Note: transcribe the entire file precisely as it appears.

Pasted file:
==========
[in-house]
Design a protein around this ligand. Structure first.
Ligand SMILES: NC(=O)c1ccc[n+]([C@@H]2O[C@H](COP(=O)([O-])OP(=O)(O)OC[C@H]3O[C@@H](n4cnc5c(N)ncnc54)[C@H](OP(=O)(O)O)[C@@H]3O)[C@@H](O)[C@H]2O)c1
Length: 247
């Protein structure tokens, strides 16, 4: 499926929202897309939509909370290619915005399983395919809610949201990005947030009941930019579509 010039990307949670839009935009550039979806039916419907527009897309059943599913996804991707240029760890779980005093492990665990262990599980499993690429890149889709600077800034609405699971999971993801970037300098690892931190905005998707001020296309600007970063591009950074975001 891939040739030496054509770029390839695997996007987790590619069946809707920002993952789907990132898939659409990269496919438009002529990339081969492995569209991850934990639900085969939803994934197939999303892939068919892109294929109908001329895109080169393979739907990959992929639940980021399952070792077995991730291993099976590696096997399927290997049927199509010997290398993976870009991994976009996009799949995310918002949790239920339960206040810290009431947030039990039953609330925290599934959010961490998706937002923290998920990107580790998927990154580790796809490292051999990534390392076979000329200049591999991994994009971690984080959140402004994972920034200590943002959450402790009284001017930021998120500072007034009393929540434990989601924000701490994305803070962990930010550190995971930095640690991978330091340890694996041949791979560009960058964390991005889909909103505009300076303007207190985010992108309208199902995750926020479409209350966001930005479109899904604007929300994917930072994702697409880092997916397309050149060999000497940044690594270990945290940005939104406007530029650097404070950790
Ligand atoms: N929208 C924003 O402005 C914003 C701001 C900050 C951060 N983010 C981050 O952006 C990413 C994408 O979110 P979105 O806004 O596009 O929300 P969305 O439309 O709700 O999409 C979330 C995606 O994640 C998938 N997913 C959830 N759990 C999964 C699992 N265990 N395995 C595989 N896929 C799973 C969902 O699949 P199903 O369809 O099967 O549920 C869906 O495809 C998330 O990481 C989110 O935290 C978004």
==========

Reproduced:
[in-house]
Design a protein around this ligand. Structure first.
Ligand SMILES: NC(=O)c1ccc[n+]([C@@H]2O[C@H](COP(=O)([O-])OP(=O)(O)OC[C@H]3O[C@@H](n4cnc5c(N)ncnc54)[C@H](OP(=O)(O)O)[C@@H]3O)[C@@H](O)[C@H]2O)c1
Length: 247
């Protein structure tokens, strides 16, 4: 499926929202897309939509909370290619915005399983395919809610949201990005947030009941930019579509 010039990307949670839009935009550039979806039916419907527009897309059943599913996804991707240029760890779980005093492990665990262990599980499993690429890149889709600077800034609405699971999971993801970037300098690892931190905005998707001020296309600007970063591009950074975001 891939040739030496054509770029390839695997996007987790590619069946809707920002993952789907990132898939659409990269496919438009002529990339081969492995569209991850934990639900085969939803994934197939999303892939068919892109294929109908001329895109080169393979739907990959992929639940980021399952070792077995991730291993099976590696096997399927290997049927199509010997290398993976870009991994976009996009799949995310918002949790239920339960206040810290009431947030039990039953609330925290599934959010961490998706937002923290998920990107580790998927990154580790796809490292051999990534390392076979000329200049591999991994994009971690984080959140402004994972920034200590943002959450402790009284001017930021998120500072007034009393929540434990989601924000701490994305803070962990930010550190995971930095640690991978330091340890694996041949791979560009960058964390991005889909909103505009300076303007207190985010992108309208199902995750926020479409209350966001930005479109899904604007929300994917930072994702697409880092997916397309050149060999000497940044690594270990945290940005939104406007530029650097404070950790
Ligand atoms: N929208 C924003 O402005 C914003 C701001 C900050 C951060 N983010 C981050 O952006 C990413 C994408 O979110 P979105 O806004 O596009 O929300 P969305 O439309 O709700 O999409 C979330 C995606 O994640 C998938 N997913 C959830 N759990 C999964 C699992 N265990 N395995 C595989 N896929 C799973 C969902 O699949 P199903 O369809 O099967 O549920 C869906 O495809 C998330 O990481 C989110 O935290 C978004």